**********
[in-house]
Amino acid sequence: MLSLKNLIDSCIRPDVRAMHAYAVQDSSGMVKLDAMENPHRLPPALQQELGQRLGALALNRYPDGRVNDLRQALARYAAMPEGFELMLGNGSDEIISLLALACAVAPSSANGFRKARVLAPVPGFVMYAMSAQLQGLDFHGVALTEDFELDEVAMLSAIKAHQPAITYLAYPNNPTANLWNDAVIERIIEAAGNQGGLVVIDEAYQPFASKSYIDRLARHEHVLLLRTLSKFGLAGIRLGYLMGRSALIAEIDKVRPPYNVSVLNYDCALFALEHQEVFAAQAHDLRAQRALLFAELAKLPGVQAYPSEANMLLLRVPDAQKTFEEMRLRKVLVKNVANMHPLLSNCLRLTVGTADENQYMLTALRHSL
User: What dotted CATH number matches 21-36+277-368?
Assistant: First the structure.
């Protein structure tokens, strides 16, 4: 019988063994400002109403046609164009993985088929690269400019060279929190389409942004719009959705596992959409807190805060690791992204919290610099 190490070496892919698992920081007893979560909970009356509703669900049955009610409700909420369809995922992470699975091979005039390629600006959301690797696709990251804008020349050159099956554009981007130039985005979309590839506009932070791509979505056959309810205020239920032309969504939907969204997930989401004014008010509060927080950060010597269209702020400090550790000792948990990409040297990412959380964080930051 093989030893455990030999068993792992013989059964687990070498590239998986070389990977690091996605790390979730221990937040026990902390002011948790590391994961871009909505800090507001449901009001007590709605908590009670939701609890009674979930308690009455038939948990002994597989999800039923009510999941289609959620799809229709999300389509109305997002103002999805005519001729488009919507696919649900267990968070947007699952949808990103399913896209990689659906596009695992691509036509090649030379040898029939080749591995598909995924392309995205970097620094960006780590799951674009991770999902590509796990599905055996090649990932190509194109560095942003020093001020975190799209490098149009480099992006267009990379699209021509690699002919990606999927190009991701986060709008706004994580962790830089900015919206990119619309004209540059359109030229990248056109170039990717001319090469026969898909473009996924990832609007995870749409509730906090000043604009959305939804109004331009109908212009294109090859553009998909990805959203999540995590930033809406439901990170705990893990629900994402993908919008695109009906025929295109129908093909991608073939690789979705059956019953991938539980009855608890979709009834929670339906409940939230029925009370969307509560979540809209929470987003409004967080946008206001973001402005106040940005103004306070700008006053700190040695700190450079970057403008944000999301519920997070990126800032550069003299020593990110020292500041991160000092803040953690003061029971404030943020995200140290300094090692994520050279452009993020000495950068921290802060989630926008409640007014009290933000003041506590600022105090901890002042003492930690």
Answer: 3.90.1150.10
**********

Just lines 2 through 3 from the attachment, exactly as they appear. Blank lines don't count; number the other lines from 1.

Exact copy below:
Amino acid sequence: MLSLKNLIDSCIRPDVRAMHAYAVQDSSGMVKLDAMENPHRLPPALQQELGQRLGALALNRYPDGRVNDLRQALARYAAMPEGFELMLGNGSDEIISLLALACAVAPSSANGFRKARVLAPVPGFVMYAMSAQLQGLDFHGVALTEDFELDEVAMLSAIKAHQPAITYLAYPNNPTANLWNDAVIERIIEAAGNQGGLVVIDEAYQPFASKSYIDRLARHEHVLLLRTLSKFGLAGIRLGYLMGRSALIAEIDKVRPPYNVSVLNYDCALFALEHQEVFAAQAHDLRAQRALLFAELAKLPGVQAYPSEANMLLLRVPDAQKTFEEMRLRKVLVKNVANMHPLLSNCLRLTVGTADENQYMLTALRHSL
User: What dotted CATH number matches 21-36+277-368?